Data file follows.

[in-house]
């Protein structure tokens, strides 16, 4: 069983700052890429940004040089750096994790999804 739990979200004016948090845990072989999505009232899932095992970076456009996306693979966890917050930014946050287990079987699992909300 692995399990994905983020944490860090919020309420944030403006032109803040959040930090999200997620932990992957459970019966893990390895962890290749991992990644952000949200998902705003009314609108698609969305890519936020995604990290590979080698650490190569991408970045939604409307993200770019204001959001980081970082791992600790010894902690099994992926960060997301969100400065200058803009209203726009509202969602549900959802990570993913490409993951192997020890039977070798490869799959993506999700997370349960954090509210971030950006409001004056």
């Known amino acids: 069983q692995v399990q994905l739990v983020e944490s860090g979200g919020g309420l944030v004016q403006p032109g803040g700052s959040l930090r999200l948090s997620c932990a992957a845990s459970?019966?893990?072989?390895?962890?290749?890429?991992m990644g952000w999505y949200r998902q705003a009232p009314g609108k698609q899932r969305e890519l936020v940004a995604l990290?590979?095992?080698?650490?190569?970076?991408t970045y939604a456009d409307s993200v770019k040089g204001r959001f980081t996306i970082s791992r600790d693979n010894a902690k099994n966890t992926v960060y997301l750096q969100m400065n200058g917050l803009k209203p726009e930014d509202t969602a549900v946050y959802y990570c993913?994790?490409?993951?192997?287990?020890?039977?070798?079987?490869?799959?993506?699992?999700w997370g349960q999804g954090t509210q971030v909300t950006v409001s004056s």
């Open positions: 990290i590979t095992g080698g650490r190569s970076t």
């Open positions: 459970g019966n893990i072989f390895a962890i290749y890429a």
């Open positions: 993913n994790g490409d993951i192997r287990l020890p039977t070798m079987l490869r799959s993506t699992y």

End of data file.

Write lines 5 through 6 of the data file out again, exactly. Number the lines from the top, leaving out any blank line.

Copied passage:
């Open positions: 459970g019966n893990i072989f390895a962890i290749y890429a």
């Open positions: 993913n994790g490409d993951i192997r287990l020890p039977t070798m079987l490869r799959s993506t699992y």